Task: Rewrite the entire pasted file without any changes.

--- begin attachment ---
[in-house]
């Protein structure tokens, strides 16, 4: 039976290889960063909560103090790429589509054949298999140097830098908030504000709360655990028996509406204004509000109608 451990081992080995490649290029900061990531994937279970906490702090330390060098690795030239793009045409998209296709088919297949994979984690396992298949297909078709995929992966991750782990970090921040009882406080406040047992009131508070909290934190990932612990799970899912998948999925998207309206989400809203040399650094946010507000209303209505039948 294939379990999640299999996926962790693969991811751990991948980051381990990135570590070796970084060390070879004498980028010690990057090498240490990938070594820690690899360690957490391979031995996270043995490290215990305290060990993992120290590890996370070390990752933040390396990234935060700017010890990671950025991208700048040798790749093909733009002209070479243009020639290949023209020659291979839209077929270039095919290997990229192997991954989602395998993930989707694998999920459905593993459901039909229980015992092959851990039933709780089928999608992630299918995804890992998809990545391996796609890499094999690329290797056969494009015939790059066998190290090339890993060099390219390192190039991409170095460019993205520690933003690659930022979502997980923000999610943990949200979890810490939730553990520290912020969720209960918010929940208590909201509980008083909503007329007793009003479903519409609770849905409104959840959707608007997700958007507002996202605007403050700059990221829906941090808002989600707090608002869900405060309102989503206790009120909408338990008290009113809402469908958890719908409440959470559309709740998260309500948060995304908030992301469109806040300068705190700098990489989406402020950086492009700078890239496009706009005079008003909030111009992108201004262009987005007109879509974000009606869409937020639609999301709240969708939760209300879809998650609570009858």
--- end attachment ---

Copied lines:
[in-house]
């Protein structure tokens, strides 16, 4: 039976290889960063909560103090790429589509054949298999140097830098908030504000709360655990028996509406204004509000109608 451990081992080995490649290029900061990531994937279970906490702090330390060098690795030239793009045409998209296709088919297949994979984690396992298949297909078709995929992966991750782990970090921040009882406080406040047992009131508070909290934190990932612990799970899912998948999925998207309206989400809203040399650094946010507000209303209505039948 294939379990999640299999996926962790693969991811751990991948980051381990990135570590070796970084060390070879004498980028010690990057090498240490990938070594820690690899360690957490391979031995996270043995490290215990305290060990993992120290590890996370070390990752933040390396990234935060700017010890990671950025991208700048040798790749093909733009002209070479243009020639290949023209020659291979839209077929270039095919290997990229192997991954989602395998993930989707694998999920459905593993459901039909229980015992092959851990039933709780089928999608992630299918995804890992998809990545391996796609890499094999690329290797056969494009015939790059066998190290090339890993060099390219390192190039991409170095460019993205520690933003690659930022979502997980923000999610943990949200979890810490939730553990520290912020969720209960918010929940208590909201509980008083909503007329007793009003479903519409609770849905409104959840959707608007997700958007507002996202605007403050700059990221829906941090808002989600707090608002869900405060309102989503206790009120909408338990008290009113809402469908958890719908409440959470559309709740998260309500948060995304908030992301469109806040300068705190700098990489989406402020950086492009700078890239496009706009005079008003909030111009992108201004262009987005007109879509974000009606869409937020639609999301709240969708939760209300879809998650609570009858």